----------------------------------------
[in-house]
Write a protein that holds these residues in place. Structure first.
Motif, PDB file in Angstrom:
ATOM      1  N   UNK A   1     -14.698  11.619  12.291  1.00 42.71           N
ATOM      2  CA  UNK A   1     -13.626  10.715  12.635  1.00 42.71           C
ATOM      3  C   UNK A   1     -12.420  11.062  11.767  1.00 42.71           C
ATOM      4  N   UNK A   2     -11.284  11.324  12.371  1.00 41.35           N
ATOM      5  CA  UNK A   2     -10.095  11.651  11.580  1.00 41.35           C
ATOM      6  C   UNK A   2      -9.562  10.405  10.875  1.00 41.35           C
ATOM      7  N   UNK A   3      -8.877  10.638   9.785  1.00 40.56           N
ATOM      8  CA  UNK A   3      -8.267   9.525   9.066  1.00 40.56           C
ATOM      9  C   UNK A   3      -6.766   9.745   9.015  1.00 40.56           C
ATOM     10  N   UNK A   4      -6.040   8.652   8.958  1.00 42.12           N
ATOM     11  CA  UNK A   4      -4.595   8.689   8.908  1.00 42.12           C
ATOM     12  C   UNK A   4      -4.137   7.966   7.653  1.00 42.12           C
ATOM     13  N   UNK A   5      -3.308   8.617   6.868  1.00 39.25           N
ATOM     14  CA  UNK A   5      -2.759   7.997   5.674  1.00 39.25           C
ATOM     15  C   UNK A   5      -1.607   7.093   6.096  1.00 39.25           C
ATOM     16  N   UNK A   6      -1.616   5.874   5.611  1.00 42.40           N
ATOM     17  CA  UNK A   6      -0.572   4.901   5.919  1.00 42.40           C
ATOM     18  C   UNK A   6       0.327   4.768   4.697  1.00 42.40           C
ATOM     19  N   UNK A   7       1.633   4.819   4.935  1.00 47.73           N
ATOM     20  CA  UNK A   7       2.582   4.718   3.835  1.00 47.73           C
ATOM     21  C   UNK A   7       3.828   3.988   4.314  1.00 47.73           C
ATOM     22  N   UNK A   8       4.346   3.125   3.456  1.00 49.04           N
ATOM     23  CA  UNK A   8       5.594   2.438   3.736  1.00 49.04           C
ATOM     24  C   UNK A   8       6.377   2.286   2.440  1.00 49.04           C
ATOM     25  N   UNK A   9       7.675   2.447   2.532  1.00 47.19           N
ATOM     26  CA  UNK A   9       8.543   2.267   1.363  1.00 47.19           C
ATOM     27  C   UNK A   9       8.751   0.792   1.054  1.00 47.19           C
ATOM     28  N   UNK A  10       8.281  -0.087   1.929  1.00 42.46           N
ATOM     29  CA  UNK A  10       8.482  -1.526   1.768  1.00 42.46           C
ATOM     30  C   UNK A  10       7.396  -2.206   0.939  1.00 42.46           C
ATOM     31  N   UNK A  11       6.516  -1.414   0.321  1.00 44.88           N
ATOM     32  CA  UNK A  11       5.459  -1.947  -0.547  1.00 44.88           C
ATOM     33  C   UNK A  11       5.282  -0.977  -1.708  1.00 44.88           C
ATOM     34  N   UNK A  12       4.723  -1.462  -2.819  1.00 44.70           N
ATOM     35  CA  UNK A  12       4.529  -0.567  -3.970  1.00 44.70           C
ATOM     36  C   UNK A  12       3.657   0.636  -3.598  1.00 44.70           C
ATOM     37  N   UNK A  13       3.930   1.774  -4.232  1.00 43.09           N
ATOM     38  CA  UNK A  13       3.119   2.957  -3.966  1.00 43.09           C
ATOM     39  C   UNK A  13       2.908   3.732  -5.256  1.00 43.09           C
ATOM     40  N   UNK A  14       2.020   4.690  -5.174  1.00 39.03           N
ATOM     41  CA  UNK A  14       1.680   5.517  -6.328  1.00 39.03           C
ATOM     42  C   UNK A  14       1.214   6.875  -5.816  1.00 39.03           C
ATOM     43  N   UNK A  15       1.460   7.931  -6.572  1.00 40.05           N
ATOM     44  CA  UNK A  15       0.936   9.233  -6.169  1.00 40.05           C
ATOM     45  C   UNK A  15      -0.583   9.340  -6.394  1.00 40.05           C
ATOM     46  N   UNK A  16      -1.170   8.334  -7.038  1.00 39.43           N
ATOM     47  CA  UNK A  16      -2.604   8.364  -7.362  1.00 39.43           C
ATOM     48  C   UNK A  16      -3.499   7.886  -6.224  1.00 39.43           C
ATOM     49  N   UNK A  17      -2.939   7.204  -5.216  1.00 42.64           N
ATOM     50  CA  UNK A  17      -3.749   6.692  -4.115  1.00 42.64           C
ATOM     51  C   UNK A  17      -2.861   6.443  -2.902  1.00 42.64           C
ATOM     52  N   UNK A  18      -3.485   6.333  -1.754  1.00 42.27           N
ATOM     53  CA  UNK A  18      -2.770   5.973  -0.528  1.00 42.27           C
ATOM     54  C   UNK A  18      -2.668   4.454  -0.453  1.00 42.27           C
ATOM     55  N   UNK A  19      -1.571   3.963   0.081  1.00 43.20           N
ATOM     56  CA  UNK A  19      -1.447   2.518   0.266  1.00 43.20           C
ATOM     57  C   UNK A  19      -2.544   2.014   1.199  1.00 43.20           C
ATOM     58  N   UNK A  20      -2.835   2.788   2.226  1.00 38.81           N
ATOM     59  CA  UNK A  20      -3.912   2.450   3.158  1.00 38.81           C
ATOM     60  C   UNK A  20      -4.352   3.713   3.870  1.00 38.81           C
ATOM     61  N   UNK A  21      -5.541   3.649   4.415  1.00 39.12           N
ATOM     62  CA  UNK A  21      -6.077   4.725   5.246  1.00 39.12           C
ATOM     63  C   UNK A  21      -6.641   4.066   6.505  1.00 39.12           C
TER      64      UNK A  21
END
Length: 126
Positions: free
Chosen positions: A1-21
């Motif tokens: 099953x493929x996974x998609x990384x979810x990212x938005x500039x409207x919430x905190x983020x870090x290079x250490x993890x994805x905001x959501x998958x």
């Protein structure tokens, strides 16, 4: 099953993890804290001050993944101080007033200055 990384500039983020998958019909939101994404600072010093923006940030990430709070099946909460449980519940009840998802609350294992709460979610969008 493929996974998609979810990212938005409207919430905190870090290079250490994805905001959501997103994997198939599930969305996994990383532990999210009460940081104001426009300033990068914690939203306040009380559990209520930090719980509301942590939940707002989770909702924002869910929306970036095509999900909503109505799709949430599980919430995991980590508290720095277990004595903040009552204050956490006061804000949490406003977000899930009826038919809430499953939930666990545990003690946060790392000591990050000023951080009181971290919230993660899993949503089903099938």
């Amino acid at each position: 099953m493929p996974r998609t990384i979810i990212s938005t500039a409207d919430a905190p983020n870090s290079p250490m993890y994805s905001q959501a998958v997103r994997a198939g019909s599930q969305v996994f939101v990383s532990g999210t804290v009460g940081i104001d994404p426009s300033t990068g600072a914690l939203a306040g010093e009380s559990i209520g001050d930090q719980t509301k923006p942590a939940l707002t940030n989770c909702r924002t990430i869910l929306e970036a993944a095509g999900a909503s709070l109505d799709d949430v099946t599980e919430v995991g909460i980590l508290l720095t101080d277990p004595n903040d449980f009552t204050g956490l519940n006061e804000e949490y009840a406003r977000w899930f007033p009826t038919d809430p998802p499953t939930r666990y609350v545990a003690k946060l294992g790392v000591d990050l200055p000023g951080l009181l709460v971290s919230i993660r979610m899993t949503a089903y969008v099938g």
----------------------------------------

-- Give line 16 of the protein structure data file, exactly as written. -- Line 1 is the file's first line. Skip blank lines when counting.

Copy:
ATOM     13  N   UNK A   5      -3.308   8.617   6.868  1.00 39.25           N